Last week, popular cancer awareness advocate Kris Hallenga urged British parliamentarians to put cancer education on the school curriculum. It was just the latest step in the vivacious 28-year-old’s mission to make a difference in other young people’s lives. (read the news story)
Kris has become a familiar face in the UK media. But if you see her, don’t be surprised if you need to do a double take; her clone is often standing right beside her.
Kris and Maren are identical twins who have similar giggles, body language, and beautiful blonde hair. But there’s one crucial difference: at 23, Kris was diagnosed with incurable stage 4 breast cancer.
“There’s no one who truly feels the pain as much as you do than your twin,” says Kris. "I don’t mean physical pain, but just the idea of having it and potential of losing that person you’re closest with….other relationships don’t even come close.”
Maren has watched her twin endure chemo, radiation and a mastectomy, as well as surgery on her brain and her spine to remove tumours. But Kris refuses to let cancer define her. Two months after her diagnosis, she and Maren founded Coppafeel, an innovative charity which encourages young people to check their breasts for lumps.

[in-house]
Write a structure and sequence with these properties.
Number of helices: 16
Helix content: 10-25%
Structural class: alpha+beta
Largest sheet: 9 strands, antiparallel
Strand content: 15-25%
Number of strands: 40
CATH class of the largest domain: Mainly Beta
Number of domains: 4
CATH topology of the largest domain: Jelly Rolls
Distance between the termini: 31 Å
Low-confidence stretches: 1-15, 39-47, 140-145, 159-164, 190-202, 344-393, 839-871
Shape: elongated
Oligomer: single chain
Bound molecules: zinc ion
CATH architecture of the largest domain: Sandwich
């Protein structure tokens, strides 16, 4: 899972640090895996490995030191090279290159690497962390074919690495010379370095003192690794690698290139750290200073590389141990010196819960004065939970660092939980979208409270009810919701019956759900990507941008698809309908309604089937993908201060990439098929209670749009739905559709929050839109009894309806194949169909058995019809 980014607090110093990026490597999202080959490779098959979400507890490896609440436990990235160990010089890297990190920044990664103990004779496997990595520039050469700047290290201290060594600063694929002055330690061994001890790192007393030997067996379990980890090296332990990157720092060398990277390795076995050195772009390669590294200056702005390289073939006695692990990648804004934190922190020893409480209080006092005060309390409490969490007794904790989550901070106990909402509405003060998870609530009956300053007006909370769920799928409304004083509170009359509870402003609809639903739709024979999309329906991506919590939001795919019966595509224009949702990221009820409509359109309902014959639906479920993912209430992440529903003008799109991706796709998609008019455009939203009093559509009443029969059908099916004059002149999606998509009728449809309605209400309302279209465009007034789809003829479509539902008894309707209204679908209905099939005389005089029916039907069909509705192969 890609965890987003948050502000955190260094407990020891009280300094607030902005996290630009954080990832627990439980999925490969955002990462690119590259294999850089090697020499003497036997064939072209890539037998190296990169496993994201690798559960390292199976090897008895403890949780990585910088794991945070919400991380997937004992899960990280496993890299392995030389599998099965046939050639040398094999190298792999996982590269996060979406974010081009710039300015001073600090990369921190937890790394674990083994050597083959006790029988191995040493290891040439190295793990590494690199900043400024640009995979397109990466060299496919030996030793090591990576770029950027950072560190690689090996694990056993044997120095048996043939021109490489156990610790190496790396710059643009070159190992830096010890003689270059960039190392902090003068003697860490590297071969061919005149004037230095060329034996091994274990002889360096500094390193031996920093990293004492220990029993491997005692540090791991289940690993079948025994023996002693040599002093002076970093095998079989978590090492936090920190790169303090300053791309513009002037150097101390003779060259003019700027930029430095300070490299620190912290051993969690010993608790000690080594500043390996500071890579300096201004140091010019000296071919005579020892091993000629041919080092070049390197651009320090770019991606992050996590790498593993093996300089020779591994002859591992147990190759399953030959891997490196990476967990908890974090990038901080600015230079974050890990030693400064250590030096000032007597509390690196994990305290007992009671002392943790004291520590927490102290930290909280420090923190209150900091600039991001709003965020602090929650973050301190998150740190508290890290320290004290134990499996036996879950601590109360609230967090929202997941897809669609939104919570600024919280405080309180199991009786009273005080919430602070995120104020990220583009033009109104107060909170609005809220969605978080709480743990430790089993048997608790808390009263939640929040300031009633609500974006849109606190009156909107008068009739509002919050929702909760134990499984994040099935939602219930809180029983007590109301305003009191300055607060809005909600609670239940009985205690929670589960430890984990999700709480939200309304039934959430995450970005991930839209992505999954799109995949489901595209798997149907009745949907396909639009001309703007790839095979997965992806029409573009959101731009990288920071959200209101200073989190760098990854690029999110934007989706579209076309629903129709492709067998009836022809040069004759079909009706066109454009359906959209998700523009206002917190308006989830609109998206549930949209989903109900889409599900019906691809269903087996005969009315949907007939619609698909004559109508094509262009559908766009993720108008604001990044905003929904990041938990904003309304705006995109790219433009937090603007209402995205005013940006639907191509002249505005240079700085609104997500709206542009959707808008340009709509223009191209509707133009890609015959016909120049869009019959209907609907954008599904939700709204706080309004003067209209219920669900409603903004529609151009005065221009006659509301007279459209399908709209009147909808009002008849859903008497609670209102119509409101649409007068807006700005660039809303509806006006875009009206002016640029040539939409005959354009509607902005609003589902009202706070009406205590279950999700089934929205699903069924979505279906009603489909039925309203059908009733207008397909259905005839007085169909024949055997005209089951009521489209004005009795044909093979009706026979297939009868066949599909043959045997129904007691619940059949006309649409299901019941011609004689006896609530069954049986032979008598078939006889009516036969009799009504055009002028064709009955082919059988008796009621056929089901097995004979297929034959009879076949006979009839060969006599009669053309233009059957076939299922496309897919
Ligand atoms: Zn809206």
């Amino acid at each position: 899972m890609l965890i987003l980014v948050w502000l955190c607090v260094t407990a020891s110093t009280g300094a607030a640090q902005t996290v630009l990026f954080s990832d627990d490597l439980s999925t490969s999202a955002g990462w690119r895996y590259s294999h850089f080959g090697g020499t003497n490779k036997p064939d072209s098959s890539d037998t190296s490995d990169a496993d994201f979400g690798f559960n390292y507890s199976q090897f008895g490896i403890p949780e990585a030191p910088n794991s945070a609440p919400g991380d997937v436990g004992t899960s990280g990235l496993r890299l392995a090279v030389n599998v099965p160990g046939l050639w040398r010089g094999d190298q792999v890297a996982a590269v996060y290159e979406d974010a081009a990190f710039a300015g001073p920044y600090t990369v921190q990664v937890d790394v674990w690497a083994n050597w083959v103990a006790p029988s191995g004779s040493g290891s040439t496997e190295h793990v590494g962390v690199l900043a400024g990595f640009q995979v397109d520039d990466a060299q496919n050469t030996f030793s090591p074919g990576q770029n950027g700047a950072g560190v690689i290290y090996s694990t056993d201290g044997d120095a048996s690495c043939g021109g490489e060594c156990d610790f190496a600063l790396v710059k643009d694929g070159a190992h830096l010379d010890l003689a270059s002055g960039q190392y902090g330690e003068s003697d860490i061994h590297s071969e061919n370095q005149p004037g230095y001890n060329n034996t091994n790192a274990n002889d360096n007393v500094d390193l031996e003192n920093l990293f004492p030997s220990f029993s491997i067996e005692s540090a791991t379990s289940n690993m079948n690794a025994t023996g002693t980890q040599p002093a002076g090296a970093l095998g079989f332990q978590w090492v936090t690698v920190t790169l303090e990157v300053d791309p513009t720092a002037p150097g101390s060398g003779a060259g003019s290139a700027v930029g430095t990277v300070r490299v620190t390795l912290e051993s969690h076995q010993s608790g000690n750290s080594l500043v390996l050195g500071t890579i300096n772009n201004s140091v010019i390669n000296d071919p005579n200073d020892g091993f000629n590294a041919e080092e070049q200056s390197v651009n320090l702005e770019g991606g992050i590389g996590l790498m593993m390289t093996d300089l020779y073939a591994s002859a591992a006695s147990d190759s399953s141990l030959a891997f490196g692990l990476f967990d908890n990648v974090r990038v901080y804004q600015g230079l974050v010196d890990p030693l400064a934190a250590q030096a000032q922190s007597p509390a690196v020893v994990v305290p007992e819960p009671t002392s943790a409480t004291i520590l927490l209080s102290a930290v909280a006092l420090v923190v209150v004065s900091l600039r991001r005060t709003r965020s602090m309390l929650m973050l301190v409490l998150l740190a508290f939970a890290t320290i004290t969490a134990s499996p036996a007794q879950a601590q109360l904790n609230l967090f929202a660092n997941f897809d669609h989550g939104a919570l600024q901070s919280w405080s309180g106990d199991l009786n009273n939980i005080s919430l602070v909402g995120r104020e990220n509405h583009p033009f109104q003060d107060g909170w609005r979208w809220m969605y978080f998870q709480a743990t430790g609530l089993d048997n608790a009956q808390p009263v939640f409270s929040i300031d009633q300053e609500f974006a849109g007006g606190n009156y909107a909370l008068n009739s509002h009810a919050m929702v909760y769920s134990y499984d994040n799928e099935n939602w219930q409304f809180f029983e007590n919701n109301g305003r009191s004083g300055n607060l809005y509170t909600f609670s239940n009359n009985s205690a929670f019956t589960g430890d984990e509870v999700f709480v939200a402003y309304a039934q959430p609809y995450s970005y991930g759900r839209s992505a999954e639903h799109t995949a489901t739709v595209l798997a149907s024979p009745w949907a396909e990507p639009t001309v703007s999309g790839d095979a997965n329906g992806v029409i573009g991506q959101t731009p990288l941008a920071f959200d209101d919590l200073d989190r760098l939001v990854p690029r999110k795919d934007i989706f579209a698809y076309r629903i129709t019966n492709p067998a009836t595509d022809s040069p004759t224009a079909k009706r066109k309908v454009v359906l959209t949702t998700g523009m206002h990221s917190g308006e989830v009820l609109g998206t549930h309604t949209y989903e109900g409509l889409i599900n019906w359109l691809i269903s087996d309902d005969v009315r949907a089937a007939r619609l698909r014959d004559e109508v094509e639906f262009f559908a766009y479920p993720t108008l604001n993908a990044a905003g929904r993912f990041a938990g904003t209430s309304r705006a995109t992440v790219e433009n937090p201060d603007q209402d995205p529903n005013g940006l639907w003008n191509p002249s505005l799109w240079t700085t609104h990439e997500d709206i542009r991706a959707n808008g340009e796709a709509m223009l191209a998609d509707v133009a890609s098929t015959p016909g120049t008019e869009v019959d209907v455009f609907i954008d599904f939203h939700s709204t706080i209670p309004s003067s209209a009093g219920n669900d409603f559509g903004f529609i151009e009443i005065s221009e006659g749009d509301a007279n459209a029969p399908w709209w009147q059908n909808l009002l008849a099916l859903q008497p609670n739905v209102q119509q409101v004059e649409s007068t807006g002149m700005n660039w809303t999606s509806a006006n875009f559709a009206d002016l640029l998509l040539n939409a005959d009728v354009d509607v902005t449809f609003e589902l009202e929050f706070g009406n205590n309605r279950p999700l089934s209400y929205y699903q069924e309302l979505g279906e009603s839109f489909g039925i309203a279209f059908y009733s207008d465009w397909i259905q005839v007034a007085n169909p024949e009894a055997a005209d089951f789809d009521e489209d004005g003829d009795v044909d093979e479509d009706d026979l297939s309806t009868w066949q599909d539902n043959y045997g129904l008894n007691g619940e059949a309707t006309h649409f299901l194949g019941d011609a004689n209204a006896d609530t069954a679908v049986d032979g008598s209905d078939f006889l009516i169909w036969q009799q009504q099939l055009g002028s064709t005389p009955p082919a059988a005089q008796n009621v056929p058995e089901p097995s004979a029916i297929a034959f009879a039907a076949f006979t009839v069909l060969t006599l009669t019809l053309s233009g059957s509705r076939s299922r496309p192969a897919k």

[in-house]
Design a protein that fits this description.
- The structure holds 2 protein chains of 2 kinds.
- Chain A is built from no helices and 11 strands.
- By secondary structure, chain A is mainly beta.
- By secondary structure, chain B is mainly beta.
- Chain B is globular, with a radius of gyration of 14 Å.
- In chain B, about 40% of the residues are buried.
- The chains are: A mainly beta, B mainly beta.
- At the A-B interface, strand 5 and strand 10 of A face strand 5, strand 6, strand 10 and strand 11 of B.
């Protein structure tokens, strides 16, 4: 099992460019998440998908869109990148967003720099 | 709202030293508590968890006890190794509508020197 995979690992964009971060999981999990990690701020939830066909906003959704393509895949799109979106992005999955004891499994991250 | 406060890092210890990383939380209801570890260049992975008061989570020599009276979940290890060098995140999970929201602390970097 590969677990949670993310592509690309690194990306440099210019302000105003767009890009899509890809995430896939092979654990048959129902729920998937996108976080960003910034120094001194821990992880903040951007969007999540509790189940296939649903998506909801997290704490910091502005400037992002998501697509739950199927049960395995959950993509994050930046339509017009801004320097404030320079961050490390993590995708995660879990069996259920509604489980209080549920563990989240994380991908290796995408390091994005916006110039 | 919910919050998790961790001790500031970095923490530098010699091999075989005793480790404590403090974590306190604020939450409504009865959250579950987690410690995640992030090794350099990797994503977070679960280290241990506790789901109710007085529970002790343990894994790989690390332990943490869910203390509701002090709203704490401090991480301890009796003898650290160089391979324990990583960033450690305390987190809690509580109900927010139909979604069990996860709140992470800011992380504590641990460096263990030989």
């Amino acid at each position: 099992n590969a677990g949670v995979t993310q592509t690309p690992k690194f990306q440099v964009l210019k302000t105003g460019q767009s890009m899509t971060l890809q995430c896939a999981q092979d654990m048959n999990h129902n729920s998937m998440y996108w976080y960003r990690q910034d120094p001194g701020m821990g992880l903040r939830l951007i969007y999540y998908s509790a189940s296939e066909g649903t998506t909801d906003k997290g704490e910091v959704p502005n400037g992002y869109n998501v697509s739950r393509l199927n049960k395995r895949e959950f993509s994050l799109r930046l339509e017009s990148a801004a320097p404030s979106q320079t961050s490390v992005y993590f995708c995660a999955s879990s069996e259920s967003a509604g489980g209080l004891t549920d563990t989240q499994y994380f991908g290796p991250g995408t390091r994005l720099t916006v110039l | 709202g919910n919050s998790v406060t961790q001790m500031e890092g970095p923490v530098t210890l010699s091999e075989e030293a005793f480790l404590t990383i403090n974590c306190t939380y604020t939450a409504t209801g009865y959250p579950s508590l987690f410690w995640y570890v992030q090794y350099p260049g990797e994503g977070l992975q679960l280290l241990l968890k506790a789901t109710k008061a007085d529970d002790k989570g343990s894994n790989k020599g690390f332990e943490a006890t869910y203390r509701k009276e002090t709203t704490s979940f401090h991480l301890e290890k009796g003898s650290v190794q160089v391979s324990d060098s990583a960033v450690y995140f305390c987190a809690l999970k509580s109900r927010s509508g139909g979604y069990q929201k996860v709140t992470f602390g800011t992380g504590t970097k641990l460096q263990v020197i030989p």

The Hallenga twins will be featured in two fascinating documentaries about twins airing this fall. On CBC’s The Nature of Things, prominent UK geneticist Dr. Tim Spector reveals the exciting new research that explains why one identical twin has cancer while the other is perfectly healthy. In the documentary channel film, Kris and Maren tell director and fellow identical twin Leora Eisen how a life-threatening diagnosis affects their relationship, a situation Leora understands all too well.
Read more about Kris and Maren’s campaign to raise breast cancer awareness at Coppafeel.org.
Find out more about King's College professor Tim Spector’s twins research and his book Identically Different: Why You Can Change Your Genes
Learn more about the “Two of a Kind” project, produced by 90th Parallel Productions.
The films will air on The Nature of Things and the documentary channel this fall.